Biological farming - mineral management

Aug 27 2012 0 Comments Tags: biological farming, minerals

As I said last week, I recently spent a week studying biological agriculture.  On the first day we learnt about mineral management.  I have prepared a table with a summary of the signs of mineral deficiencies, which you can download here, as it doesn't fit on a blog page!

First a paradigm shift….
For decades NPK (nitrogen, phosphorous and potassium) have been regarded as the essential ingredients for plant growth and are the main components of most synthetic fertilisers.  This was due to work conducted in the 1800s by Justus Von Liebig, in a very crude experiment by modern standards, which showed that the main constituents of plants are N, P and K.  While this was technically correct, there are actually at least 9 other minerals also required by plants in varying quantities.  Plants that have access to a soil with balanced minerals will be more resistant to pest and diseases and will be more nutritious for stock and humans to eat.  Balancing the soil minerals is therefore the first step to farming without chemical inputs.

General points about mineral requirements of plants
Plant minerals must be absorbed from relatively dilute solutions or the plants will be stressed by the salty water.  This can be a problem when chemical (NPK) fertilisers are applied in large quantities as the solution is usually too concentrated.  In addition, it must be recognised that minerals are held in the soil in the clay and in the organic matter.  The clay can only hold minerals that form a positive charge (calcium, magnesium, potassium and sodium), and negatively charged minerals (for example nitrate, phosphorous, boron and sulphur) are susceptible to leaching unless the soil has sufficient organic matter (hummus), which can retain both positively and negatively charged minerals.

Some elements can slow down the absorption of others into the plant, for example, calcium slows down potassium and vice versa. The phenomenon is known as "antagonism" (see Mulder’s chart).  Healthy plants result when the nutrients are absorbed in certain relative, "balanced", proportions (see William Albrecht’s work on base saturation).  When ratios between nutrients are extreme, deficiency conditions are created.  For example, if a high proportion of nitrogen to potassium is absorbed, the plant will suffer from potassium deficiency.

Minerals in the soil solution may not be absorbed by the plant if the pH of the soil is too far away from 6.4 (the pH at which all minerals are soluble, see diagram).  Nutrients are absorbed by plants more easily in a chelated form, that is, using a large organic molecule to surround the mineral atom to facilitate transportation into the plant.  Chelating agents include organic sources such as compost, humic acid and fluvic acid (the latter two being derived from brown coal) or synthetic chemicals such as EDTA – often included in synthetic fertilisers.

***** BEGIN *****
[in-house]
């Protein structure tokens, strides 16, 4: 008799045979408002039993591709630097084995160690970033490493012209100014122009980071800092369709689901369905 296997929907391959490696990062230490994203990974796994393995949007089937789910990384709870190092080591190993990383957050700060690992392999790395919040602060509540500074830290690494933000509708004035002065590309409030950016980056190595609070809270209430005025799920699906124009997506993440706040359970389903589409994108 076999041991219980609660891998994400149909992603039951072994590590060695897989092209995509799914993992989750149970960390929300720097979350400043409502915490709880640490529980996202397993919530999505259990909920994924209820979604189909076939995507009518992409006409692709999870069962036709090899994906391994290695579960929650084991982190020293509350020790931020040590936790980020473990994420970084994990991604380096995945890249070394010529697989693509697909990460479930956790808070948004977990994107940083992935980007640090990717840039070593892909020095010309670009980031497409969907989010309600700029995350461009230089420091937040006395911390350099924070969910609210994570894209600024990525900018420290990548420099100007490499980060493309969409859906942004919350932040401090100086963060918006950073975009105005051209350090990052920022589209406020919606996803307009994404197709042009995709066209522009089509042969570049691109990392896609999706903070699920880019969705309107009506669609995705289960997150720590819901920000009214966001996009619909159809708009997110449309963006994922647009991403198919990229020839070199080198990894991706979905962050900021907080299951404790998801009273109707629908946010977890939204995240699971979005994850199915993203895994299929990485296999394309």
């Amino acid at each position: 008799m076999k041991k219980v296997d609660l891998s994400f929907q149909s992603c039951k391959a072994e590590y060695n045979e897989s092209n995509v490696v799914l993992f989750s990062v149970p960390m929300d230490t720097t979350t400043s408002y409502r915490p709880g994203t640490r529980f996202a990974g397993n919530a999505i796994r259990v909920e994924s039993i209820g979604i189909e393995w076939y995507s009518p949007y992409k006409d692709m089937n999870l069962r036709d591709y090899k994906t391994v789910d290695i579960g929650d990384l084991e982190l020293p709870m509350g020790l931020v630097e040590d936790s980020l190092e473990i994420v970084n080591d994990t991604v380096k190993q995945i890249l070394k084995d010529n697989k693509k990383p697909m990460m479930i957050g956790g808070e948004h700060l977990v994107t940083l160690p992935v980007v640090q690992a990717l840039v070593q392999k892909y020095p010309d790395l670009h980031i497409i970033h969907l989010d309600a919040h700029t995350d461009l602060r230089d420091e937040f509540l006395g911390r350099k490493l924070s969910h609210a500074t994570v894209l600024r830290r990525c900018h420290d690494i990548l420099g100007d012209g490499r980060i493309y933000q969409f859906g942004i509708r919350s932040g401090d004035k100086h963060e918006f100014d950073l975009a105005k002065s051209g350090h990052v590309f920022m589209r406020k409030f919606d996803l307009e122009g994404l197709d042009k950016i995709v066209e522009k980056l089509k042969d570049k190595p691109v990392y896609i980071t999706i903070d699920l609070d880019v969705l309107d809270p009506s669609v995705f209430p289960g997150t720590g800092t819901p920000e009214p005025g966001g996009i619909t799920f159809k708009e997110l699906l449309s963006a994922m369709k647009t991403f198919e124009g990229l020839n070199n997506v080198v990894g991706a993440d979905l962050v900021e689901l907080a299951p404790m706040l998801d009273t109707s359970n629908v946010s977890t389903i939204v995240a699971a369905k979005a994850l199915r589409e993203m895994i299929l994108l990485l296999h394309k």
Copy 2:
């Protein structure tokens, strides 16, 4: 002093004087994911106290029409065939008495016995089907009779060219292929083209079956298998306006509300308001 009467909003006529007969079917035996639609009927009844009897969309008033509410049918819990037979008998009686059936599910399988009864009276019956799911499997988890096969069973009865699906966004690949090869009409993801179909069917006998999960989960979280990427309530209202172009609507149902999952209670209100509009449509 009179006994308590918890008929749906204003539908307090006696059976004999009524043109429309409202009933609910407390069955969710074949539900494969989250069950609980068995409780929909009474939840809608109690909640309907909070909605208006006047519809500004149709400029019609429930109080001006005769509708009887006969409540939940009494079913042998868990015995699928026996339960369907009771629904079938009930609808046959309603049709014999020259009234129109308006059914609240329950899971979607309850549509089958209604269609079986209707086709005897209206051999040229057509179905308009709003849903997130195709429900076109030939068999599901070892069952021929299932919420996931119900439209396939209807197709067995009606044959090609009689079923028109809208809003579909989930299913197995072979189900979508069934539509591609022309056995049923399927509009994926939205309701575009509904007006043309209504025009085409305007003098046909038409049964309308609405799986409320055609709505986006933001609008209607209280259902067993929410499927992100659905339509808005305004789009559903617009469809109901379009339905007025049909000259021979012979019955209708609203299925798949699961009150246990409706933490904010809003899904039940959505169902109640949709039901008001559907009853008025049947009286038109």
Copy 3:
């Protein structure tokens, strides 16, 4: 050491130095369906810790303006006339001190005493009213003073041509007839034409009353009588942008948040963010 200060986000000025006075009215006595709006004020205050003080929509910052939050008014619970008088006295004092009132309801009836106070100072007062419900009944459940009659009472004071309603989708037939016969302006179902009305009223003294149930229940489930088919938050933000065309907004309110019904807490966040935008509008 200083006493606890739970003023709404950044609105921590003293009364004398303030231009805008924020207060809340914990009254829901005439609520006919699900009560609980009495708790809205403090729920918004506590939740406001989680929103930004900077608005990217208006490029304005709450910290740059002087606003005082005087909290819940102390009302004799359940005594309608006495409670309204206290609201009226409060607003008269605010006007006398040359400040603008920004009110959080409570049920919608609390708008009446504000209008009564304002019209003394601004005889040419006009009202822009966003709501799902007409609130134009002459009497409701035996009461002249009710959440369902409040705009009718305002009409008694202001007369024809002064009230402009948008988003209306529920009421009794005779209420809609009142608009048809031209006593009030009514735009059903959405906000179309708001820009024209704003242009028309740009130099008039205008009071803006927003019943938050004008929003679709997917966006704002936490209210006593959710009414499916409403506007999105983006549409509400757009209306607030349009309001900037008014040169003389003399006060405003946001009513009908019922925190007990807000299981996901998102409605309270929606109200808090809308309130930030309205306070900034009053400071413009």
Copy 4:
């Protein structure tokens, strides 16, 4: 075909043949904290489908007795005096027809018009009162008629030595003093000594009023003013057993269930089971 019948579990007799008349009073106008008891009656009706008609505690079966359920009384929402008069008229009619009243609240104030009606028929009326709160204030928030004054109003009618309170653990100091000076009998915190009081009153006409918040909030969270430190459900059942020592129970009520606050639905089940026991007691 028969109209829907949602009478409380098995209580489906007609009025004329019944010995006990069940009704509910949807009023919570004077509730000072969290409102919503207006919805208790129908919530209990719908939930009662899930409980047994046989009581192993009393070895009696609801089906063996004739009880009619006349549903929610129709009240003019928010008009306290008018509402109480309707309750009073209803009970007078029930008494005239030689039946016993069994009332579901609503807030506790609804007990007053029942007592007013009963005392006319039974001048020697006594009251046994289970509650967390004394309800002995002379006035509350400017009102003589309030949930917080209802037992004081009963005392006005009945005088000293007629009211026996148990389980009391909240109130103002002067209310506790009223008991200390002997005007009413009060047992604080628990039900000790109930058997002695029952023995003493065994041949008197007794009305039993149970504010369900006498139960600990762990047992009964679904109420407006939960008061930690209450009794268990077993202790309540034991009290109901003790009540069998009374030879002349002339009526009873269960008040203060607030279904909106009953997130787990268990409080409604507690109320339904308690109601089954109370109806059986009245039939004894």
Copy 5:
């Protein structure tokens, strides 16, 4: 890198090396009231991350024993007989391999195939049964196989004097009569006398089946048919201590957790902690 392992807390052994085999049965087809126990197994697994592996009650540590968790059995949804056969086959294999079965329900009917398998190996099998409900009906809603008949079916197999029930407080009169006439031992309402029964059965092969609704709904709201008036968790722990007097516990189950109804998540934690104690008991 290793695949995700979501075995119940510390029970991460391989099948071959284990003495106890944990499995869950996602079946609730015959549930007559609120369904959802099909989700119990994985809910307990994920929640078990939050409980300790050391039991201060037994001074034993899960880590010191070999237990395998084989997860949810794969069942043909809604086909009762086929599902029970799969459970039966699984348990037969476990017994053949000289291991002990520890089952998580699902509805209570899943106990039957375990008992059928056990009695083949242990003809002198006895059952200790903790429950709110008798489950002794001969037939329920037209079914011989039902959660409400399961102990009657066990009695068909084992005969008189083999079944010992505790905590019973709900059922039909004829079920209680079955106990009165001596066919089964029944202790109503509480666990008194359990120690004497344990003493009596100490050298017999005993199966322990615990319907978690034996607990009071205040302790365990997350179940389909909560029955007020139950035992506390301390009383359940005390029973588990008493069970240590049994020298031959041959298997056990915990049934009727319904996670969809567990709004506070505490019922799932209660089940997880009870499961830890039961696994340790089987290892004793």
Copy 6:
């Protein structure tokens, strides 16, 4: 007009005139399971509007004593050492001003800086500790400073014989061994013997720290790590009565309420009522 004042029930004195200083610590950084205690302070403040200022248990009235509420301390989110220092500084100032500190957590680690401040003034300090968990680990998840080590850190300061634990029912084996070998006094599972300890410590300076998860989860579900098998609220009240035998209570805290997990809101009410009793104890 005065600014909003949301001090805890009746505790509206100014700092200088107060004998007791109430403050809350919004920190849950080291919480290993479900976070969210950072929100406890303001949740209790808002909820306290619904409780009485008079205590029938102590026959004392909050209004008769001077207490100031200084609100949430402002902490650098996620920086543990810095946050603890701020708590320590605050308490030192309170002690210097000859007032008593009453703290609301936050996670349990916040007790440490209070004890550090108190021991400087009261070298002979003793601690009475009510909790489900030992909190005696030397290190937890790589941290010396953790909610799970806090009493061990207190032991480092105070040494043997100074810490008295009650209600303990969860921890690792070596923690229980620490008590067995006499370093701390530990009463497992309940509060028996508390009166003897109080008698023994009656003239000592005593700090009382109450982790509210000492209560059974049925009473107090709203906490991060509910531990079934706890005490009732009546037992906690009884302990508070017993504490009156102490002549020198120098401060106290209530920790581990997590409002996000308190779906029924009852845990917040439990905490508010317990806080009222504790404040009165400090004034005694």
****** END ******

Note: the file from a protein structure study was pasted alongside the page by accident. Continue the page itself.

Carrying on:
The nutrient medium must contain an adequate supply of oxygen, which is achieved through sufficient aeration of the soil.  This will depend on soil structure and organic matter.  High magnesium soils will tend to be “tighter” than soils with the ideal ratio of magnesium to calcium, as calcium is a larger atom that creates more space between clay particles.

Balancing the soil
Now that you understand the importance of soil minerals for your growing plants, you are probably wondering where to start in correcting the balance.  This will depend on the scale of your operation.  We used a soil test to understand our soil deficiencies and bought some products to help us to add some minerals to the soil, but will never afford to add the amount of lime that would be required to perfectly balance our soil. Where the success of a crop is essential, commercial orchardists and market gardeners may also go to the extent of using plant tissues tests to target foliar sprays at all stages of plant development.  In a home garden, it is probably more cost-effective to look for signs of deficiency in the plants and add minerals as required.  In all cases, adequate soil organic matter will buffer any deficiencies by making minerals more available to the plants and feeding beneficial microbes.  Using cover crops with deep roots can also help to “mine” minerals from the sub-soil.  The most important thing to remember is that not all minerals are required in large quantities and not at all stages of plant growth.  Sometimes a seed coating, foliar spray or liquid injection (or a sprinkle of minerals when planting, in the home garden scale) will be sufficient, rather than trying to correct ALL the soil in an area.

What have you done to manage the mineral balance of your soil?  

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